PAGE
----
We have recently enjoyed some lovely sunny November days here at Our Garden@19. Here are some photographs to help brighten your day, wherever you are.


Acer Tegmentosum Snakebark Maple
White Glass Daisy Star.


Personally I think November is THE best month of the year.


What is your favourite month?

November Shadows.


I took these pictures with my iPhone, on a beautiful sunny November afternoon, while raking up the leaves in the garden, intending to publish them with this title on Wordless Wednesday.

Events here during the night of Friday 11th overtook every thing else, nine garden sheds and out buildings in our cul-de-sac were burgled. They entered the gardens from the field behind, by cutting the wire fence that runs along the rear of the gardens. Bolt cutters were obviously used to cut off the padlocks where they were in place, stealing small hand powered tools, petrol leaf vacuums, chain saws ect. They actually removed a fencing panel furthest from the house, between us and our neighbour, to enter our garden.  Nobody heard a thing, not even our dog.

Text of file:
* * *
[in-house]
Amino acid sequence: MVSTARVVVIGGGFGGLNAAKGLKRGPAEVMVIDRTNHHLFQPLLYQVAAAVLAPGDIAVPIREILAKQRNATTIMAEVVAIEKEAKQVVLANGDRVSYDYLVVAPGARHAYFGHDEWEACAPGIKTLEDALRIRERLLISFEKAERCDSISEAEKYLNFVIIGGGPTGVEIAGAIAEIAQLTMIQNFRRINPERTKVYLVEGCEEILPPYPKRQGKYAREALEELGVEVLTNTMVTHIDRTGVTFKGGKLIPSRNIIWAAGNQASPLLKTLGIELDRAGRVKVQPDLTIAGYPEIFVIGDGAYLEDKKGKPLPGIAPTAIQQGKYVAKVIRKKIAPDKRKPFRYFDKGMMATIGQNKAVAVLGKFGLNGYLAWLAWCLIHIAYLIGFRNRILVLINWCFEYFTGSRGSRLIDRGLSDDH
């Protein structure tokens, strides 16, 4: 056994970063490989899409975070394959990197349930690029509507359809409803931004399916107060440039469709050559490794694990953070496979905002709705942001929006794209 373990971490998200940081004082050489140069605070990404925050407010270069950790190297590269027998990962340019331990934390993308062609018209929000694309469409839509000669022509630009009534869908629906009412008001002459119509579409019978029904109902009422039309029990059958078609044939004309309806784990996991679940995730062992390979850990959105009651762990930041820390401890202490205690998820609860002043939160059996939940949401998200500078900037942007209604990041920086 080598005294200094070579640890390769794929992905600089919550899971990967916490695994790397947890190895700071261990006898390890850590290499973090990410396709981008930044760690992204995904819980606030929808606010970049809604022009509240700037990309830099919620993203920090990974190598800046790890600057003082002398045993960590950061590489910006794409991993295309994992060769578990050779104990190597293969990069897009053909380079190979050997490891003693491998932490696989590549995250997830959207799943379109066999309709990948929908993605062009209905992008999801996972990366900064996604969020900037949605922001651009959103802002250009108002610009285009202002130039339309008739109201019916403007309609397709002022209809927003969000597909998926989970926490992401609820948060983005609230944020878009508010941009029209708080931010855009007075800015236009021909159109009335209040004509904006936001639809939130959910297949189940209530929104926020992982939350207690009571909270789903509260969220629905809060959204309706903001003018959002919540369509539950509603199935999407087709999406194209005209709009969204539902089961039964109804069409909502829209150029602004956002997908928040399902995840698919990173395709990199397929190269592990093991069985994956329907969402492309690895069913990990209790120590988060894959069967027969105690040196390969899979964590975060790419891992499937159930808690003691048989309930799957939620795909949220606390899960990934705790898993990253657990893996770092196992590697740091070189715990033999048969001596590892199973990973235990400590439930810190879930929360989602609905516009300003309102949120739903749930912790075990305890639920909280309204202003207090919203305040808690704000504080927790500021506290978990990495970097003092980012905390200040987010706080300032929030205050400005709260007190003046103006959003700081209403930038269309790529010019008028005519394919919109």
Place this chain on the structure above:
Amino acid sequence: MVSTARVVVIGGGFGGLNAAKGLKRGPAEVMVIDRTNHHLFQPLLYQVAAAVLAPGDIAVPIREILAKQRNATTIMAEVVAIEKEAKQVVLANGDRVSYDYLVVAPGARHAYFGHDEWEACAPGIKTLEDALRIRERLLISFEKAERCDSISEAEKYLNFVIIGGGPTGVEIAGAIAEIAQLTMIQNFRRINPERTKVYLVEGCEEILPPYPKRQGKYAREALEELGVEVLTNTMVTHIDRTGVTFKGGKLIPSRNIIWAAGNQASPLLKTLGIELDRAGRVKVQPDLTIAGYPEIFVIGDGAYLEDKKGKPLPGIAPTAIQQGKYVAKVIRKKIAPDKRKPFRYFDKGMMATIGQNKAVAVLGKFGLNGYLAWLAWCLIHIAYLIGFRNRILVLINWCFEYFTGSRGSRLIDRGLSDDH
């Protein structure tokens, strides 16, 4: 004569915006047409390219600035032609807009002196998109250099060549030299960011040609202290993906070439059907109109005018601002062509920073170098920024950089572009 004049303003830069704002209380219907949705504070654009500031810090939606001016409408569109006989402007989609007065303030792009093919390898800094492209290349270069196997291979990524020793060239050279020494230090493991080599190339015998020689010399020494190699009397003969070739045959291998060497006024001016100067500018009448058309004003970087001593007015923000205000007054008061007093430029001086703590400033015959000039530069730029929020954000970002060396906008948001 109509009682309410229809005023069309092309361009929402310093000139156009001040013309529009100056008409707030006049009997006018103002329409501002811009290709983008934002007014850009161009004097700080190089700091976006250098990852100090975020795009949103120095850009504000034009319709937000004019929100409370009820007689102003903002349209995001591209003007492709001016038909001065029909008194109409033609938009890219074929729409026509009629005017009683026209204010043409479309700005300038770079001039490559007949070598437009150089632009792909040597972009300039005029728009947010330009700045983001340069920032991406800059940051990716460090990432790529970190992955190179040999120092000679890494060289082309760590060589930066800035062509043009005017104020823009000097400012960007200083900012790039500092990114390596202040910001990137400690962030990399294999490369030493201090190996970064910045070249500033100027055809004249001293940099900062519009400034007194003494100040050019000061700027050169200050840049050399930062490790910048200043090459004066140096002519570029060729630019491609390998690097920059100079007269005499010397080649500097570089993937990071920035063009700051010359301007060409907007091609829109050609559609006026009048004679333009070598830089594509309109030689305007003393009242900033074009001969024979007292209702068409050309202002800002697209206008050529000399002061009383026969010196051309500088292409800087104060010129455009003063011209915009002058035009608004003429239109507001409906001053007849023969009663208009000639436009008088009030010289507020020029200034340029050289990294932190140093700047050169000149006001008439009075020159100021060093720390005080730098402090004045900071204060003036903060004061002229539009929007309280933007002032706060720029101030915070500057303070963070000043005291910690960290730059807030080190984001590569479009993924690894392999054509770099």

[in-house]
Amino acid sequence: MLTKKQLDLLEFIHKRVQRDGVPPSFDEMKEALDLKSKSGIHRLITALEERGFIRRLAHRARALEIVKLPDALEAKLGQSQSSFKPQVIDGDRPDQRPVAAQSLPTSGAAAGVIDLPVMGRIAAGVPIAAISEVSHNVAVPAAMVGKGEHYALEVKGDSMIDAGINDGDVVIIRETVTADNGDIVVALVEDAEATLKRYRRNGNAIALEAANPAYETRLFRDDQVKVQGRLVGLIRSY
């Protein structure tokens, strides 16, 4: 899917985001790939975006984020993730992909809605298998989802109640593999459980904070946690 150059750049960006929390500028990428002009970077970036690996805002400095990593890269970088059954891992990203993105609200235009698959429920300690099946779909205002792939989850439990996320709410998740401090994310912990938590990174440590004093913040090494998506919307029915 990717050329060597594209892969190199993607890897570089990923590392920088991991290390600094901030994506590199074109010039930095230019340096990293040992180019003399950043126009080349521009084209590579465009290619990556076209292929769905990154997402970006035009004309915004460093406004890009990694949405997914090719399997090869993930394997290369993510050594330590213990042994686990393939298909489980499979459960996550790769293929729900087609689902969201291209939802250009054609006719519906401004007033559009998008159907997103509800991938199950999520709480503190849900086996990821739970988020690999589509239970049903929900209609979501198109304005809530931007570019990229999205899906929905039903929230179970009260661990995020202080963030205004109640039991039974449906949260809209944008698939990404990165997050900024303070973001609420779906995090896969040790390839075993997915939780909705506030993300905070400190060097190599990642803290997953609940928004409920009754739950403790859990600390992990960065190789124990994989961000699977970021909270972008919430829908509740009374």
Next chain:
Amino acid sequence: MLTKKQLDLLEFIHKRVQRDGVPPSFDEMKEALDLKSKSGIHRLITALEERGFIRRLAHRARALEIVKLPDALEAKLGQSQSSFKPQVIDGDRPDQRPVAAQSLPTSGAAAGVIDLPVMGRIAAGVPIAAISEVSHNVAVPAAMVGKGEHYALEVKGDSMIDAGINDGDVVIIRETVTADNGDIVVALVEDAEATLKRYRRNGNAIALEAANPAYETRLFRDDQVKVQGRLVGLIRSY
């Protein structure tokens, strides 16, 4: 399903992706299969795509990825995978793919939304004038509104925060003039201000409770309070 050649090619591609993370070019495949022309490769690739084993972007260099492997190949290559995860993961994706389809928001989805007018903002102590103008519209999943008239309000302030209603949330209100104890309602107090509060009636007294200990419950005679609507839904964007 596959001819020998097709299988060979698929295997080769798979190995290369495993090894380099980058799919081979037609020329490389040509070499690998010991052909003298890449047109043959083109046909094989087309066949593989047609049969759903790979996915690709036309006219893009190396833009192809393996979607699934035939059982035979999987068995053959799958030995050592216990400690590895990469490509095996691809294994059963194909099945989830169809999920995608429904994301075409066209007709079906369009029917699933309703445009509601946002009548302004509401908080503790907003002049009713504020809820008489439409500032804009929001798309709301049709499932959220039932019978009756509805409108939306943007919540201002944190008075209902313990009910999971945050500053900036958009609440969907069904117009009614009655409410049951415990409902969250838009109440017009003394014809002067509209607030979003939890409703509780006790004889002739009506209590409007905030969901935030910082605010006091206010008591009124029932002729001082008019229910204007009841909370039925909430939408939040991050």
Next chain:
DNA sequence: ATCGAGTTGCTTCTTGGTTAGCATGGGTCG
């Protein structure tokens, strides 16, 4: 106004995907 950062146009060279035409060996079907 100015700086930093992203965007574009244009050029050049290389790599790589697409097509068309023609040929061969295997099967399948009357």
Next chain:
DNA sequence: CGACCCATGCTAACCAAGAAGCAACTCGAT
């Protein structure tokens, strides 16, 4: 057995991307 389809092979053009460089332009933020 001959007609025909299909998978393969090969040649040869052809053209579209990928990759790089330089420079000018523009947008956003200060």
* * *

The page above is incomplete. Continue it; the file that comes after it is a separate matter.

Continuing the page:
The last few days we have been repairing the damage and attempting to increase the level of security, by fitting alarms, security lighting and what we hope are bolt cutter resistant locks.

The police advised us not to keep any new replacement tools in the sheds as this type of criminal often wait about a month, to give you time to purchase replacements, before revisiting. We believe they must have ‘cased’ the area in daylight to know the layout so well, the police told us that they use either drones or google maps to assess the position and number of targets.

I decided to post this purely as a warning to those of you who have valuable power tools in out buildings to take advice about security to help prevent this happening to you.

There are times when you feel very disillusioned about human nature.  I realise in  the scale of events going on around the world, this is very small beer, however you do feel as though your space has been violated.

Ending on a more upbeat note, the Copper Beech and the Silver Birch in next doors garden along with our Wisteria are adding a colourful tone to November, helping to prove that it is not all dark shadows.


Stay safe and secure.